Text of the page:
Most food gifts catalogers are usually giddy with anticipation this time of year as they gear up for the season that typically brings in the lion’s share of their sales. This year, not so much.
On top of significantly higher postal prices and increases in paper costs, food merchants have had to swallow serious hikes in the cost of raw goods to make their products — namely, wheat and cocoa. And when you combine these rising costs with the general slowdown in consumer spending, the holiday season is not looking so tasty.
For instance, soaring wheat prices have hit hard at King Arthur Flour, which mails the King Arthur Flour Baker’s Catalogue. Karen Colberg, vice president/general manager, says global wheat prices are at an all-time high — well over triple the cost per bushel since last year.
“The number-one ingredient in nearly everything we make is flour, and with the record price increases for wheat, that’s a major contributor,” she says. “This has a very direct and dramatic impact on our cost of goods, be it flours or mixes.”
Beyond wheat, King Arthur is also seeing significant increases in other ingredients, particularly organic flours and grains, dairy products and dried fruits. “Everything seems to be rising along with wheat,” Colberg notes.
Just ask the chocolates merchants. For Harbor Sweets, which specializes in handmade chocolates, cocoa prices have risen 18%, says president/CEO Phyllis LeBlanc. Chocolate accounts for more than 50% of all the ingredients the cataloger uses, “so that’s a huge impact for us,” LeBlanc says.
Rudi Hauser Jr., president of Hauser Chocolatier, says the cataloger’s prices for supplies have risen anywhere from 5% to as high as 20%. “Cocoa prices are at an all time high,” he says, “and many in our industry believe prices are up artificially by as much as 30% due to speculation.”
Indeed, Ken Kellerhals, CEO of European-style chocolates cataloger Bissinger’s, notes that “last year at this time you could buy raw cocoa beans at $1,800 a ton, but right now it’s at $3,200 a ton.”
“What’s happened is all the people who got out of the stock market have gone into the commodities — oil futures, cocoa futures — and they’ve really driven those prices up,” Kellerhals says. “And that’s something that’s really been under reported in terms of its impact on companies such as ours.”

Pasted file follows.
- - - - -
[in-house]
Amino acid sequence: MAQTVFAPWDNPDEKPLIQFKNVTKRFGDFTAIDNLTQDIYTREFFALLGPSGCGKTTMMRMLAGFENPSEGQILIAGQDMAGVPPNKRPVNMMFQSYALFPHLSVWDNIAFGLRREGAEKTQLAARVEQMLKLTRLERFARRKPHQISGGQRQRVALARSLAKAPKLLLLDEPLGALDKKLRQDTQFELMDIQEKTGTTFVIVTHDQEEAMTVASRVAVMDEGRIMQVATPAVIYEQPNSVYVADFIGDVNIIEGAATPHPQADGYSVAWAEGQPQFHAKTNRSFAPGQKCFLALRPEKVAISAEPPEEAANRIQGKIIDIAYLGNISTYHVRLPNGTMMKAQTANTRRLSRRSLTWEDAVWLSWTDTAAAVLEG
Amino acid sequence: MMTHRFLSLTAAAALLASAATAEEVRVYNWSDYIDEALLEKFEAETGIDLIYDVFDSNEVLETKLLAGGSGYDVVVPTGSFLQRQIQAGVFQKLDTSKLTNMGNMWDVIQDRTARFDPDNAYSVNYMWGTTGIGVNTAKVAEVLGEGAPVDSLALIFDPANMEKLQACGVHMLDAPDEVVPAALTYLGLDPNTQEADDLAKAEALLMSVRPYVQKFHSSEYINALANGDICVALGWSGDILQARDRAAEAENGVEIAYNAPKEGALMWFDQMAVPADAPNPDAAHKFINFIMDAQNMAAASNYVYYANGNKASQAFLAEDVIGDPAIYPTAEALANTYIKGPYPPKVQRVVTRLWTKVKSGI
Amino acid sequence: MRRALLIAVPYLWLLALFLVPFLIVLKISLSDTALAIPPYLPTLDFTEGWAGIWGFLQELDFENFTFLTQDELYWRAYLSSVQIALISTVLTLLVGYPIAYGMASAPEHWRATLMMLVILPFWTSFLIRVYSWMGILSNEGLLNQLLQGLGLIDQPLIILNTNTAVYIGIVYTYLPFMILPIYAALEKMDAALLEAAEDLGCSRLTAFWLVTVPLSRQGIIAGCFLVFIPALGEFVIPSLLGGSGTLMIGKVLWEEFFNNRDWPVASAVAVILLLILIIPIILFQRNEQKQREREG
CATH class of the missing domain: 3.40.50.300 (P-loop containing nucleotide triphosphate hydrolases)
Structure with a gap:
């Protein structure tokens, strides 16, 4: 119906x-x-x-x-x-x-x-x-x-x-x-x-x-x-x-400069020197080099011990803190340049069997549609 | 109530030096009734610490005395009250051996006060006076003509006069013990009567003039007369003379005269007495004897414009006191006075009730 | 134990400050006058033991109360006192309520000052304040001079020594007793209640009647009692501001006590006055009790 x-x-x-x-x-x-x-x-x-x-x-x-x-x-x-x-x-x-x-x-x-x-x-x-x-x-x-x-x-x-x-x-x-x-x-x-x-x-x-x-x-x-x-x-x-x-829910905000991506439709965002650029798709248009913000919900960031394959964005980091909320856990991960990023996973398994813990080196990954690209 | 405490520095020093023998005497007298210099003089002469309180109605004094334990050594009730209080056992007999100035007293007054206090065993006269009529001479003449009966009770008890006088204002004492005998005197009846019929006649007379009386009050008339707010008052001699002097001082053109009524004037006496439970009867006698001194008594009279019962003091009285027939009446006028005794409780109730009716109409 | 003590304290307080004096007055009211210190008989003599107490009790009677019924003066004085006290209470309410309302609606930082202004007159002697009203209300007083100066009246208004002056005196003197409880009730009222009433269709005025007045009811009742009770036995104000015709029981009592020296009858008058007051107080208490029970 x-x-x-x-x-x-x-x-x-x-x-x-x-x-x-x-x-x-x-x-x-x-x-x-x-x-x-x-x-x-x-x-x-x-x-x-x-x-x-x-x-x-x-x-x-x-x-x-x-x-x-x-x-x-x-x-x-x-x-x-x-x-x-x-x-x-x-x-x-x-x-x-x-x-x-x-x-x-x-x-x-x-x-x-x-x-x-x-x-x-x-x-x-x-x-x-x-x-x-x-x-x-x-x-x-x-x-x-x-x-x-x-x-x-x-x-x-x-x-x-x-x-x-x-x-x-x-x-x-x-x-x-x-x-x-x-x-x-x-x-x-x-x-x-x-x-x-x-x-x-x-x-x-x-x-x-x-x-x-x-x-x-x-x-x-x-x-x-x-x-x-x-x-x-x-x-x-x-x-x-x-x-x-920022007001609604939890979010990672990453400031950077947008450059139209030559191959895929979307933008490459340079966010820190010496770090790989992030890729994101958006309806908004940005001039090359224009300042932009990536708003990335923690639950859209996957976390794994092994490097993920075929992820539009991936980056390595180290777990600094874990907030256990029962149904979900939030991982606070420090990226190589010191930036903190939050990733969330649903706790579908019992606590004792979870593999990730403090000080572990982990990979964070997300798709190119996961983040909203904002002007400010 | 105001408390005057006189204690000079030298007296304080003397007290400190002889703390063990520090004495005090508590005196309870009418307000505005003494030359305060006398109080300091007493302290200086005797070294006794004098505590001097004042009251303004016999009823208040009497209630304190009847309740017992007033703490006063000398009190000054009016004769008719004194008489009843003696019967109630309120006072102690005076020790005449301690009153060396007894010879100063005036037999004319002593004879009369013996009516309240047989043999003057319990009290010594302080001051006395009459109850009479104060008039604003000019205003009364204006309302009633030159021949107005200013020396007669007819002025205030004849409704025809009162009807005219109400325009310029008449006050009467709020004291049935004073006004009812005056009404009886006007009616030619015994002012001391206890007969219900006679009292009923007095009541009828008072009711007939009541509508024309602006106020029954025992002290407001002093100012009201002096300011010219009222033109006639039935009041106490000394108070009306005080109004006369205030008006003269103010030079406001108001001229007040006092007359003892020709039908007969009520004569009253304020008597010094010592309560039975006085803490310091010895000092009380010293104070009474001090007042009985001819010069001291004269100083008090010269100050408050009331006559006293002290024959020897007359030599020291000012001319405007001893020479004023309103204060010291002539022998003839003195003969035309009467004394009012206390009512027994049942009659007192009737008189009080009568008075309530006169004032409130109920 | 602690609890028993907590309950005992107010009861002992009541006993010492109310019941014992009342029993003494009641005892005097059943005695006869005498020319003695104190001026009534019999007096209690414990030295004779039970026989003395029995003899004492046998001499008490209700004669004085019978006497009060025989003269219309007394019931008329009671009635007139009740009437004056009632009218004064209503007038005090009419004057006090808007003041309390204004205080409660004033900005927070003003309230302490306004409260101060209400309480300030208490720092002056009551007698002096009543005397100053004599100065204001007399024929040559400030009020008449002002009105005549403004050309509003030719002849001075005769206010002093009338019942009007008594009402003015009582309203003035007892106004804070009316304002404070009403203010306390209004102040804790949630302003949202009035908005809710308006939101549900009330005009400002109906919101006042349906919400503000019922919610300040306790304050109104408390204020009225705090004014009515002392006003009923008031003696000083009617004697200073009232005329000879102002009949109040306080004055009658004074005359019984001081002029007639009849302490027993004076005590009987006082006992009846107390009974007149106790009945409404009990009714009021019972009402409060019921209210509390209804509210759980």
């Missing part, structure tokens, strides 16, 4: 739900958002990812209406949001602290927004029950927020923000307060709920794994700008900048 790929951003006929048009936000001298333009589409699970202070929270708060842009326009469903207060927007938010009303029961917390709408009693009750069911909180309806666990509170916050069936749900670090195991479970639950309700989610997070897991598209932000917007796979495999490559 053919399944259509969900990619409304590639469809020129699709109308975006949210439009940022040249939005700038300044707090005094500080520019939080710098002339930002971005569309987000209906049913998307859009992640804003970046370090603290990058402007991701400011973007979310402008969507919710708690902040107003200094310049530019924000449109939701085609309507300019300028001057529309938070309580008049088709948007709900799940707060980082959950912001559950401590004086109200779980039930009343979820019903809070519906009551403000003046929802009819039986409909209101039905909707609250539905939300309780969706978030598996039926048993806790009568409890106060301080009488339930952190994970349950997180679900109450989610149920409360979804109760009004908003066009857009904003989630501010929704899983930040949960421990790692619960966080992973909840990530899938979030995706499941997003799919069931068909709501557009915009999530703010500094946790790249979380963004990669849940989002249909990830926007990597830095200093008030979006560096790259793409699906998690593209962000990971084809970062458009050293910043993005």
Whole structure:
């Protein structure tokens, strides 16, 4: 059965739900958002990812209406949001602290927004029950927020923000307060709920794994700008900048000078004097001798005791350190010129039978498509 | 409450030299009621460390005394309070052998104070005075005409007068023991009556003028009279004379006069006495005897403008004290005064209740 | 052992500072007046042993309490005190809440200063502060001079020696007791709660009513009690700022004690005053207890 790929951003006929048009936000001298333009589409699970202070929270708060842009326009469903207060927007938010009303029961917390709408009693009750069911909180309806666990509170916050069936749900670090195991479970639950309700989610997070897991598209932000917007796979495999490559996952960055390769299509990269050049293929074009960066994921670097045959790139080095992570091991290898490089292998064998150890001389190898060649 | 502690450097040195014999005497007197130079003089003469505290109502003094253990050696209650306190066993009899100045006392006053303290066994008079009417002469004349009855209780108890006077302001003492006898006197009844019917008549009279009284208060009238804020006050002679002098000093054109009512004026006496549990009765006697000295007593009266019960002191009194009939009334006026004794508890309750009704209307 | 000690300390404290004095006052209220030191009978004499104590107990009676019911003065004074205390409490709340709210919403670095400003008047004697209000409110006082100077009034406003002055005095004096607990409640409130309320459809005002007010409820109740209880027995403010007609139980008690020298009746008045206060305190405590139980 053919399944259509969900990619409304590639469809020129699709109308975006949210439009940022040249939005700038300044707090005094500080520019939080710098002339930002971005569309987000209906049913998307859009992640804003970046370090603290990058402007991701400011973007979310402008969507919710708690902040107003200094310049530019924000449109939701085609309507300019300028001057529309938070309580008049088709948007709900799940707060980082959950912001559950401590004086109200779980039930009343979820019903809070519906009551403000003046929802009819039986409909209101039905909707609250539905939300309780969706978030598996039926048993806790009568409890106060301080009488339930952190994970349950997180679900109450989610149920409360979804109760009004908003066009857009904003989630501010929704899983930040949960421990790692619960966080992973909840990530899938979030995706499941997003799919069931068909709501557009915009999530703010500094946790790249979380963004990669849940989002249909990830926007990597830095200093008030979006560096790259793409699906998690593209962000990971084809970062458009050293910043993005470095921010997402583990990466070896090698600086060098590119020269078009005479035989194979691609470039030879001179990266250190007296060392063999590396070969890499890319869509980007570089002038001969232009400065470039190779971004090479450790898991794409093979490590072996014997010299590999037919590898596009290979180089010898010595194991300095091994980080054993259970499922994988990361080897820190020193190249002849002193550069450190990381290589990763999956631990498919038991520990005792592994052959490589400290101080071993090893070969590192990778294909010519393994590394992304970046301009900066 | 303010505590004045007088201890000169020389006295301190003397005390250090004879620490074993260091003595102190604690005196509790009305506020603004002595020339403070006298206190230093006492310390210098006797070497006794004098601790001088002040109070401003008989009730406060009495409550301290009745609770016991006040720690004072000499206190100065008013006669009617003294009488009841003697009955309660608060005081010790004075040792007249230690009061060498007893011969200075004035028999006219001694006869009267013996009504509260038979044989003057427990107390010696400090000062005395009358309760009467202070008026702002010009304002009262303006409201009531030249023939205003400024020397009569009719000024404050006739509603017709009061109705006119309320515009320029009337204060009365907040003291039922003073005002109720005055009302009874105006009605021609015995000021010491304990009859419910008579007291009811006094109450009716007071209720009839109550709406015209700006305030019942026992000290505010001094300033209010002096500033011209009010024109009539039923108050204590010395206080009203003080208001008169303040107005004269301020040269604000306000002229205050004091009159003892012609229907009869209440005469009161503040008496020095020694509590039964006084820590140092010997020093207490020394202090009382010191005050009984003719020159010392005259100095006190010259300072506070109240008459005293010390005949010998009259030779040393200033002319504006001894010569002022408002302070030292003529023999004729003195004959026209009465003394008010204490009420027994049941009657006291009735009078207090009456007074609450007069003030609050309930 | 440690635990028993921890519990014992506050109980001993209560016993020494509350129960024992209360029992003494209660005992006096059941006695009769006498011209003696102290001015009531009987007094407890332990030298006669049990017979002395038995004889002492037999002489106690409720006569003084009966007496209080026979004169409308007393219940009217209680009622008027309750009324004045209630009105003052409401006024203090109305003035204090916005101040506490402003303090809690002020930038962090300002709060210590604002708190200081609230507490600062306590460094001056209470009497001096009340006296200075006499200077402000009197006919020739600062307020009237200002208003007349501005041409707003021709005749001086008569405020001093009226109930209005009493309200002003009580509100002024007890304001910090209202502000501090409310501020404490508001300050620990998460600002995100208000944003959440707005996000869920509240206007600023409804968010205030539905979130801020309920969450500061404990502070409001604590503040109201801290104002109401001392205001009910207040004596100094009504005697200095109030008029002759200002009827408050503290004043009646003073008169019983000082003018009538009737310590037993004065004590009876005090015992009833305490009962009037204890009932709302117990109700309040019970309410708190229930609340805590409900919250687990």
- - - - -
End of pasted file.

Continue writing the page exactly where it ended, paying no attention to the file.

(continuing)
Worse yet, prices for other ingredients, such as nuts and butter, have surged as well. Bissinger’s has seen the cost of nuts rise on average from about $3.75 per lb. a year ago to about $6/lb. now, Kellerhals says.
For Harbor Sweets, the price of nuts is up 21%, while butter has increased 9%. “Our sugar prices are holding, which is helpful to us, but we’re expecting those to go up as well,” LeBlanc says.
David Kravetz, cofounder/catalog and Web team leader for Fairytale Brownies, says the company’s price for baking chocolate is up 9%, butter has gone up 19%, sugar has increased 6%, and flour is up 6%. “We use a lot of butter, so our overall ingredient costs are going to be up about 15%,” he says.
The price is not right
Most food mailers have little choice but to raise their prices. As a small employee-owned company, King Arthur Flour has had to raise prices to stay afloat, Colberg says. “Despite our best efforts, there was no way for us to entirely absorb the impact of the current record-breaking wheat market.”
Fairytale Brownies had last year raised its merchandise prices by approximately 6% while keeping the shipping charges unchanged, Kravetz says. “We had hoped to avoid any price increase this year, but we have decided to raise our shipping rates modestly” by an additional $1 per shipment.
John and Kira’s Chocolates, which specializes in artisan chocolates, has seen the cost of raw materials increase about 9% in the past year, says cofounder John Doyle. “The year before that it was about 4%,” he says.
Doyle says his company will increase prices about 12% with the September catalog drop.
“Our primary ingredient is chocolate and we buy European chocolate, which is expensive to get over here,” he says. “Along with the drop in the dollar, it’s been very difficult for us.”
Bissinger’s is trying to keep prices down, Kellerhals says. “But everybody around is going up 10% to 15% to 20%. I just hope that we can get things under control on the freight end, and the commodities side of it should eventually correct itself.”